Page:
SalesTech Star

How Customer Experience Automation Reclaimed $10.4 Million In Abandoned Black Friday Carts

By Adam Johnson, SVP of Sales, ActiveCampaign

Consumers have long been conditioned to anticipate Black Friday deals and yet still plan their shopping season around the holiday every year. This year, online retailers rang up $8.9 billion in sales on Black Friday, but that figure is actually down during the same period in 2020, according to data from Adobe Analytics. So, what’s going on? One reason spend is down is because more customers who were lured by retail offers didn’t complete their purchases. Perhaps they were swayed by competing offers, faced other distractions, or meant to buy later and forgot.

To get to the bottom of this, we crunched the data from the more than 150,000 businesses that use ActiveCampaign during Black Friday week. According to our own abandoned cart tool, customers left $76.4 million in revenue in their carts in 2021. This is up from the $51.6 million lost revenue we saw in 2020 from abandoned carts. Fortunately, customers were able to recover $10.4 million from those abandoned carts using automated abandoned cart strategies, but many businesses still neglect this important tactic, leading to lost revenue.

While it’s not always possible to rescue 100% of the revenue from abandoned carts, based on what we saw in 2021, businesses could recover as much as 14% by just applying some simple strategies. So, let’s dive into what those are.

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Reduce friction to purchase

The cart and checkout page is the most obvious place to start improving the customer experience but is often overlooked. Reducing the friction in the purchase process is important when brands are looking to increase conversions. Amazon’s one-click ordering system is arguably one of the reasons why it shipped 415 million packages in July 2020 alone. Having a simple payment method, giving consumers the option for a guest checkout or using their Facebook ID to sign in, are all great ways of alleviating the friction often experienced along the path to purchase.

It’s also a good idea to increase the prominence of checkout buttons by experimenting with the color and making sure it is visibly distinct from the rest of a page. Beyond color, shopping bag sidebars that follow the user as they browse a site can help them easily navigate back to the checkout page.

Triggering automations for abandoned carts

It’s also worth looking into ecommerce platforms and seeing what features are available either through the platform itself or other compatible services. Take Shopify for example. It’s fast becoming one of the biggest and most well-known ecommerce solutions with more than one million merchants worldwide on the platform. But many businesses neglect to take advantage of other tools that plugin to Shopify such as customer experience automation (CXA) platforms. These can trigger pre-configured abandoned cart sequences to help gain back that lost revenue.

This kind of functionality isn’t just limited to Shopify however, it’s also possible to integrate abandoned cart automations with WooCommerce, BigCommerce and more.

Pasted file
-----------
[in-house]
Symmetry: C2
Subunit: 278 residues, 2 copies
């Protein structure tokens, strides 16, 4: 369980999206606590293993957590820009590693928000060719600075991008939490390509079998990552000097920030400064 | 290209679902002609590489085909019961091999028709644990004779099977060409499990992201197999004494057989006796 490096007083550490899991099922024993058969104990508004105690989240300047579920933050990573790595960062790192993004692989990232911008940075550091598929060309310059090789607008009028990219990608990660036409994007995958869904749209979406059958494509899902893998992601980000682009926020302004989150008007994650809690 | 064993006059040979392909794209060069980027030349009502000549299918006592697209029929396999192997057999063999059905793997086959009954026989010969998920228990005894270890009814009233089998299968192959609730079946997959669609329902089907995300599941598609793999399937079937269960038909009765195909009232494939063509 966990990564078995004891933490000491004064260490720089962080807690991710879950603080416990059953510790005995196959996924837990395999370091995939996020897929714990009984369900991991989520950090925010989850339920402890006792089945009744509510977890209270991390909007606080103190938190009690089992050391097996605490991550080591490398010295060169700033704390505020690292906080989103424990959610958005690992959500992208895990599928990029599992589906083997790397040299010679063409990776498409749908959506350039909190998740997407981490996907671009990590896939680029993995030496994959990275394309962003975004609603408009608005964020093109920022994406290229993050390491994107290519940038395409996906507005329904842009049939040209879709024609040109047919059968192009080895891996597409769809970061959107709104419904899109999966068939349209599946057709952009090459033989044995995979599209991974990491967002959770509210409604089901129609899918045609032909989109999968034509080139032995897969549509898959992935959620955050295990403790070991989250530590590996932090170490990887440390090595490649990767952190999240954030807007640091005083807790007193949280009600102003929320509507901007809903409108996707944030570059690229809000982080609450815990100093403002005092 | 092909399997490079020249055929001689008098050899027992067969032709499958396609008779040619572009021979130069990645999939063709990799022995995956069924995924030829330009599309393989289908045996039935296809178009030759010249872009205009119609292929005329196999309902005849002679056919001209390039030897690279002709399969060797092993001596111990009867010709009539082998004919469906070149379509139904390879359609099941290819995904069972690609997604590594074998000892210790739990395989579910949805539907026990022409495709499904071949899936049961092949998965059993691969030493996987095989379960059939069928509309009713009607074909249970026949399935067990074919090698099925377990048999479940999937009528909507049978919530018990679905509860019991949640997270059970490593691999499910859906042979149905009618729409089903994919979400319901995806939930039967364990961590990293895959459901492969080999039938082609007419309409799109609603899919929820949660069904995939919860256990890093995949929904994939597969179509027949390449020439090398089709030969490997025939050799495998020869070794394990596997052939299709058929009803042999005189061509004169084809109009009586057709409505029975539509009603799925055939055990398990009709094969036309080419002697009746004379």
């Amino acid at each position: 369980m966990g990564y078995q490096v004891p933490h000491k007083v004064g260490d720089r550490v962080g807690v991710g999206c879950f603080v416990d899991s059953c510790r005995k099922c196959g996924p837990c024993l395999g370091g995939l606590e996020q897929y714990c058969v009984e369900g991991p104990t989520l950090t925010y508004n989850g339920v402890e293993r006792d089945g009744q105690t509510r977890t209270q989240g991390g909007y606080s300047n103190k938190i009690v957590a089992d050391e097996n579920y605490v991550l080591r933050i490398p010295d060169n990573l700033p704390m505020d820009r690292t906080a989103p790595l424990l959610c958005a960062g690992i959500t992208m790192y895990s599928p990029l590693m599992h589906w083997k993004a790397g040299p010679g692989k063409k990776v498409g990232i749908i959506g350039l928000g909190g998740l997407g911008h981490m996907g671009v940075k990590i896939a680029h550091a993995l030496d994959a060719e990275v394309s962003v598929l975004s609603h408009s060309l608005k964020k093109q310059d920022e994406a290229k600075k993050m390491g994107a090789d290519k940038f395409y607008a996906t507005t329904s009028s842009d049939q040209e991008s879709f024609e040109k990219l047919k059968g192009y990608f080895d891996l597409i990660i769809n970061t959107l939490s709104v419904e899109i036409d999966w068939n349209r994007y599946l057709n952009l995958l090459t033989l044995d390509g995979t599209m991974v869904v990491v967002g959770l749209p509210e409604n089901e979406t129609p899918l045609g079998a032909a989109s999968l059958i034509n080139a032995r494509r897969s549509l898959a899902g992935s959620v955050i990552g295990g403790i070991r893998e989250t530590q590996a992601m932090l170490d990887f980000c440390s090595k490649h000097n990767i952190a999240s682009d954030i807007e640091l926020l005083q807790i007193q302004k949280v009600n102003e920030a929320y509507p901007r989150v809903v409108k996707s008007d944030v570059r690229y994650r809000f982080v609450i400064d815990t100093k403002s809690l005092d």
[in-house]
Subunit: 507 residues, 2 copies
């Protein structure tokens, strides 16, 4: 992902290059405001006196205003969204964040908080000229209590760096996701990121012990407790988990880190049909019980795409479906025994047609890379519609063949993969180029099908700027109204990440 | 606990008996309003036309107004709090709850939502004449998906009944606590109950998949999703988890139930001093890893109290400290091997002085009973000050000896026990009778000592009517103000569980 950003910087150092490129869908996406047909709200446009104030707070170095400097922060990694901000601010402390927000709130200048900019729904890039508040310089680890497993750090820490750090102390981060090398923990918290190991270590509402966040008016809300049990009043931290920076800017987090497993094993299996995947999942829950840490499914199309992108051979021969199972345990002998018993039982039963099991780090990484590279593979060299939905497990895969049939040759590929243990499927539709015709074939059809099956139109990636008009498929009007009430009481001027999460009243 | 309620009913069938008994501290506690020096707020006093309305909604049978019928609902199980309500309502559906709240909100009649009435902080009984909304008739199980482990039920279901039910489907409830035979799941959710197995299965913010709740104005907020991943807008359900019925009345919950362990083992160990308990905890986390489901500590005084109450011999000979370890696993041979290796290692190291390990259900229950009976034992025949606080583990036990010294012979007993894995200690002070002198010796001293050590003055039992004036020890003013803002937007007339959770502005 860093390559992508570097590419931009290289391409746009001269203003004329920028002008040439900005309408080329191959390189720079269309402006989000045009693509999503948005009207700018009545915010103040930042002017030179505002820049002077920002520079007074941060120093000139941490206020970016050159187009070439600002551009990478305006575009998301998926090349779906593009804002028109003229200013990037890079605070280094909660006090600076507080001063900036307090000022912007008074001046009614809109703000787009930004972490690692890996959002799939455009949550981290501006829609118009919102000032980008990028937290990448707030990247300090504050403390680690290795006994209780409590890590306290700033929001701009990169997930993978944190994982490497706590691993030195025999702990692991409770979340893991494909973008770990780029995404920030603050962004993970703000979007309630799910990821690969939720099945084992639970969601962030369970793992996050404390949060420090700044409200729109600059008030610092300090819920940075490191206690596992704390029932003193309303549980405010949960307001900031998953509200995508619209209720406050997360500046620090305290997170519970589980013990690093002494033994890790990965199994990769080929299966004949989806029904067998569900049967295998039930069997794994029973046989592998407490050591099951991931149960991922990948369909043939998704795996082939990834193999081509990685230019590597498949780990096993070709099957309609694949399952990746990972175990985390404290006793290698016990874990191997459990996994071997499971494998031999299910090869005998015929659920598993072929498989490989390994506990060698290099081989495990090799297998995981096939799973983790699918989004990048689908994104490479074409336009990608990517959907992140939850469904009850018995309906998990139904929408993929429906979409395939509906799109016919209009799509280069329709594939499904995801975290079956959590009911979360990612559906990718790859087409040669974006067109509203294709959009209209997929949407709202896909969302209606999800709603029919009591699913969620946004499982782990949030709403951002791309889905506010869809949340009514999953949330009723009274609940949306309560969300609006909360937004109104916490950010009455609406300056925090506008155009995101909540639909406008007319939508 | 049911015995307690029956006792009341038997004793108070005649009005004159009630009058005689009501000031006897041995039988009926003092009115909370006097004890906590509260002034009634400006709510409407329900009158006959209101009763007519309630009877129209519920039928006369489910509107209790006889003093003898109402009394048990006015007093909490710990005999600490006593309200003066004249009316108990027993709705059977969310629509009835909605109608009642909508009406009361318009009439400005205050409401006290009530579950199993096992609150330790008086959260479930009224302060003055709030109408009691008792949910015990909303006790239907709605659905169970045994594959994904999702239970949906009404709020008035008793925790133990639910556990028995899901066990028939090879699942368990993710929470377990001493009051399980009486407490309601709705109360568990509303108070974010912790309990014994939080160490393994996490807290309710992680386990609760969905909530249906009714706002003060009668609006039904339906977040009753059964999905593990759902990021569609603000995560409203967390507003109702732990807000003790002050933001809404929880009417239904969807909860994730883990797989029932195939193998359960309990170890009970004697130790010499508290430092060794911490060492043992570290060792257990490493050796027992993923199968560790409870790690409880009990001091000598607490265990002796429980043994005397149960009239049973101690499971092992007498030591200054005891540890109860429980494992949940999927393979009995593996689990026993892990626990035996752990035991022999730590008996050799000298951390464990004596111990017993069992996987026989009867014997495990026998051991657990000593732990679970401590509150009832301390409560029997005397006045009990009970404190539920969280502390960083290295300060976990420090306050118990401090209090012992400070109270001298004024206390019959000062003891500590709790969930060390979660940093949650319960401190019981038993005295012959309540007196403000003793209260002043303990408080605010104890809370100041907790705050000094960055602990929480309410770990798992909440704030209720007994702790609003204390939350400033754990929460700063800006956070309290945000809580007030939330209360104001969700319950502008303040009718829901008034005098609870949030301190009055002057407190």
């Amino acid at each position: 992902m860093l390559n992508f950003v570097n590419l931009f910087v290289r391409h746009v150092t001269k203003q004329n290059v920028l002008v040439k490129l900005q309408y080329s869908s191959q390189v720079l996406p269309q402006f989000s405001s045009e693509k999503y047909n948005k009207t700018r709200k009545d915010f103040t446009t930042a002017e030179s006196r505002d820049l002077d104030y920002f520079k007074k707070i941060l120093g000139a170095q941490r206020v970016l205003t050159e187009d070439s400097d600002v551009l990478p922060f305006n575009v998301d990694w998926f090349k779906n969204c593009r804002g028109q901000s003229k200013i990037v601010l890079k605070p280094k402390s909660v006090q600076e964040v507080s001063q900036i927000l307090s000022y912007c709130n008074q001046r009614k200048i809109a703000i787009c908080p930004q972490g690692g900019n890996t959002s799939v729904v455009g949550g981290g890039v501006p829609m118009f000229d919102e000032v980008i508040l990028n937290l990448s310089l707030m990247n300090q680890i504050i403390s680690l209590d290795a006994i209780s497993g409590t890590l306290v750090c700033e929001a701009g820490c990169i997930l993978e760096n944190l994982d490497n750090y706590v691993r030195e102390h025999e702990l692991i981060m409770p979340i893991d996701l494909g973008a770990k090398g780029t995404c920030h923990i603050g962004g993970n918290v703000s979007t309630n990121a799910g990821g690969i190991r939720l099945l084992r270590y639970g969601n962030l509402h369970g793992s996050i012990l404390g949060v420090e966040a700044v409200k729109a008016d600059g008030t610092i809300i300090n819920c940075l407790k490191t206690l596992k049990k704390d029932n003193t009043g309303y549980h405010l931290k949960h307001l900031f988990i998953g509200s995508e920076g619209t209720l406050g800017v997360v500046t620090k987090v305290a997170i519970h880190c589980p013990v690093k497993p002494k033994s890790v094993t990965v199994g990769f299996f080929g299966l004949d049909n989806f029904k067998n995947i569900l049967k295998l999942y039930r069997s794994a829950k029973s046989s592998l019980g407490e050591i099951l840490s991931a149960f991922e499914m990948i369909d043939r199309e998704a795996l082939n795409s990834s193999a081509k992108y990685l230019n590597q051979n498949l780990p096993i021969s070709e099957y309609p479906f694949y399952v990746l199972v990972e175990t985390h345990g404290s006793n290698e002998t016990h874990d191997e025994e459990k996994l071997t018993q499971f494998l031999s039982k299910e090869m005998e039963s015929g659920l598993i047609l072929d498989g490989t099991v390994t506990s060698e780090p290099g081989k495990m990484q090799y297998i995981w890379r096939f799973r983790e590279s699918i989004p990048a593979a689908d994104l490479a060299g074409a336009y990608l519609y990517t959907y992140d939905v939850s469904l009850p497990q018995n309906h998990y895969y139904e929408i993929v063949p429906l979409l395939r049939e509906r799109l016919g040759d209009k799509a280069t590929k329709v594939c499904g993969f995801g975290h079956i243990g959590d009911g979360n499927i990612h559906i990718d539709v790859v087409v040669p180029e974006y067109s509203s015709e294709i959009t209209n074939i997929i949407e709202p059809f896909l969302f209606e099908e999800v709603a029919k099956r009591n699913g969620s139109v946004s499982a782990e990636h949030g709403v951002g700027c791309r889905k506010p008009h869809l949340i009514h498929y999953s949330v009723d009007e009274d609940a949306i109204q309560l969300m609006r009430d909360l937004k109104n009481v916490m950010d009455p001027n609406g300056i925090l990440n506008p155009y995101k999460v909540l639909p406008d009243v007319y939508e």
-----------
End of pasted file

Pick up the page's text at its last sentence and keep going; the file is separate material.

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What should be included in an abandoned cart email?

Carts are abandoned for multiple reasons, but if it’s a purchase that relates to a ‘want’ rather than a ‘need,’ the next few emails a customer sees should remind, persuade, and last but not least, add an incentive. Just remember when it comes to cart abandonment emails, three is the magic number. Past that and it’s unlikely the customer will buy, but they might unsubscribe, reducing the possibility of future sales.

Reminding customers that they left an item behind is a natural first step. Be conversational in tone and let them know who you are and why you’re contacting them. Personalize the email to include their name but also what item they left in their basket – ideally with a picture. The call to action (CTA) should be clear but avoid using words like ‘buy’ or ‘pay’ which can be too aggressive and instead try ‘return to your cart’ or ‘take another look’, which might be more appealing to click.

The second email in the sequence aims to persuade. Loss aversion is just one tactic that leverages fear of missing out. Create a sense of urgency by letting customers know their product might sell out. Other ways to persuade include using social proof such as reviews or press coverage. Having customer care contact details or FAQs easily accessible in this email can also counter any objections to purchase. Another persuasion method could include showing alternative colors of the product in their cart, or accessories that help a customer reach free shipping thresholds.

Finally, if the first two emails in the sequence fail to persuade, the last tactic to try is an incentive. This could be a discount, a free gift or maybe free shipping. It’s worth noting that offers should be used sparingly to avoid ‘training’ your customer to abandon their cart. Loyalty schemes or bonus points being awarded on future purchases could by another way to offer an incentive that is more cost-effective.

Same time next year?

Although many brands might have already started reflecting on how they can perform better during next year’s Black Friday period, it’s worth remembering that cart abandonment isn’t just a problem during Black Friday. In fact, Forrester estimates that brands can lose up to $18 billion a year in revenue through abandoned carts. That’s why abandoned cart strategies need to be applied year round for maximum impact on revenue.

 

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